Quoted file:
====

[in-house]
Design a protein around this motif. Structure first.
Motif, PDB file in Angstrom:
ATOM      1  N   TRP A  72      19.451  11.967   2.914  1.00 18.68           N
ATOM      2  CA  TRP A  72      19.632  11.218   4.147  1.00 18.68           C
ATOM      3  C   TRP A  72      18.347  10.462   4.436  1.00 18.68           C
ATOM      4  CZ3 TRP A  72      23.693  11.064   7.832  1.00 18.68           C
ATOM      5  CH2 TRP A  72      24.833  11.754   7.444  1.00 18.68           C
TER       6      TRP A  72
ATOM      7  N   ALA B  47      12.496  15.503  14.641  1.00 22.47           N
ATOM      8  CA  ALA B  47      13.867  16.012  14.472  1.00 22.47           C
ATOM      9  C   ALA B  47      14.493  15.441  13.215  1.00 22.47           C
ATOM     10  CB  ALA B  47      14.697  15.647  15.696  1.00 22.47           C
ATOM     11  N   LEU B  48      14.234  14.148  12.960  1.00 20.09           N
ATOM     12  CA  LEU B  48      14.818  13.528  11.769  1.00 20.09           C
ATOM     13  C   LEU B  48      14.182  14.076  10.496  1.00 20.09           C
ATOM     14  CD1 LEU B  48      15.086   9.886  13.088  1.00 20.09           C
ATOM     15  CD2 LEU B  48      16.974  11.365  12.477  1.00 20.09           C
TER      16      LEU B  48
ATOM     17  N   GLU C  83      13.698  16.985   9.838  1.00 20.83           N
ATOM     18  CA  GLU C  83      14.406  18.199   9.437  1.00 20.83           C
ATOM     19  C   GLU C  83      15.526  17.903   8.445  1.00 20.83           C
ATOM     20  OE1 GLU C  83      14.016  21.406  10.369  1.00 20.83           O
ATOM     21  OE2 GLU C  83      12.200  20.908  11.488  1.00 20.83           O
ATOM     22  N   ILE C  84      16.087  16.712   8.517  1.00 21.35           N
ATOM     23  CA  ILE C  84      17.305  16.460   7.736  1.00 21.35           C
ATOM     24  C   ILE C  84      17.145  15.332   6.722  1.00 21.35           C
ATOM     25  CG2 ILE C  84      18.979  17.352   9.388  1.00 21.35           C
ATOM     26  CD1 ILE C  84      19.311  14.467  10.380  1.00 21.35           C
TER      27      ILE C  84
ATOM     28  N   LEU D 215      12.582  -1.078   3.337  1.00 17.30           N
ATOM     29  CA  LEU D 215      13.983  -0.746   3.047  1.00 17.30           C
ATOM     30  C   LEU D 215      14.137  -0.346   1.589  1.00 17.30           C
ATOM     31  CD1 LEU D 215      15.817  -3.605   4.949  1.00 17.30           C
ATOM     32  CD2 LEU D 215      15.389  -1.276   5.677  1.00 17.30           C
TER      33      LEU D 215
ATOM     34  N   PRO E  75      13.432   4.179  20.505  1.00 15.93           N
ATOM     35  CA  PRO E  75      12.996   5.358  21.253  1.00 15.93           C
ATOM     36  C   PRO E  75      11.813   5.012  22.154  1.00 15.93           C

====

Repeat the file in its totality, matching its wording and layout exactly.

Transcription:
[in-house]
Design a protein around this motif. Structure first.
Motif, PDB file in Angstrom:
ATOM      1  N   TRP A  72      19.451  11.967   2.914  1.00 18.68           N
ATOM      2  CA  TRP A  72      19.632  11.218   4.147  1.00 18.68           C
ATOM      3  C   TRP A  72      18.347  10.462   4.436  1.00 18.68           C
ATOM      4  CZ3 TRP A  72      23.693  11.064   7.832  1.00 18.68           C
ATOM      5  CH2 TRP A  72      24.833  11.754   7.444  1.00 18.68           C
TER       6      TRP A  72
ATOM      7  N   ALA B  47      12.496  15.503  14.641  1.00 22.47           N
ATOM      8  CA  ALA B  47      13.867  16.012  14.472  1.00 22.47           C
ATOM      9  C   ALA B  47      14.493  15.441  13.215  1.00 22.47           C
ATOM     10  CB  ALA B  47      14.697  15.647  15.696  1.00 22.47           C
ATOM     11  N   LEU B  48      14.234  14.148  12.960  1.00 20.09           N
ATOM     12  CA  LEU B  48      14.818  13.528  11.769  1.00 20.09           C
ATOM     13  C   LEU B  48      14.182  14.076  10.496  1.00 20.09           C
ATOM     14  CD1 LEU B  48      15.086   9.886  13.088  1.00 20.09           C
ATOM     15  CD2 LEU B  48      16.974  11.365  12.477  1.00 20.09           C
TER      16      LEU B  48
ATOM     17  N   GLU C  83      13.698  16.985   9.838  1.00 20.83           N
ATOM     18  CA  GLU C  83      14.406  18.199   9.437  1.00 20.83           C
ATOM     19  C   GLU C  83      15.526  17.903   8.445  1.00 20.83           C
ATOM     20  OE1 GLU C  83      14.016  21.406  10.369  1.00 20.83           O
ATOM     21  OE2 GLU C  83      12.200  20.908  11.488  1.00 20.83           O
ATOM     22  N   ILE C  84      16.087  16.712   8.517  1.00 21.35           N
ATOM     23  CA  ILE C  84      17.305  16.460   7.736  1.00 21.35           C
ATOM     24  C   ILE C  84      17.145  15.332   6.722  1.00 21.35           C
ATOM     25  CG2 ILE C  84      18.979  17.352   9.388  1.00 21.35           C
ATOM     26  CD1 ILE C  84      19.311  14.467  10.380  1.00 21.35           C
TER      27      ILE C  84
ATOM     28  N   LEU D 215      12.582  -1.078   3.337  1.00 17.30           N
ATOM     29  CA  LEU D 215      13.983  -0.746   3.047  1.00 17.30           C
ATOM     30  C   LEU D 215      14.137  -0.346   1.589  1.00 17.30           C
ATOM     31  CD1 LEU D 215      15.817  -3.605   4.949  1.00 17.30           C
ATOM     32  CD2 LEU D 215      15.389  -1.276   5.677  1.00 17.30           C
TER      33      LEU D 215
ATOM     34  N   PRO E  75      13.432   4.179  20.505  1.00 15.93           N
ATOM     35  CA  PRO E  75      12.996   5.358  21.253  1.00 15.93           C
ATOM     36  C   PRO E  75      11.813   5.012  22.154  1.00 15.93           C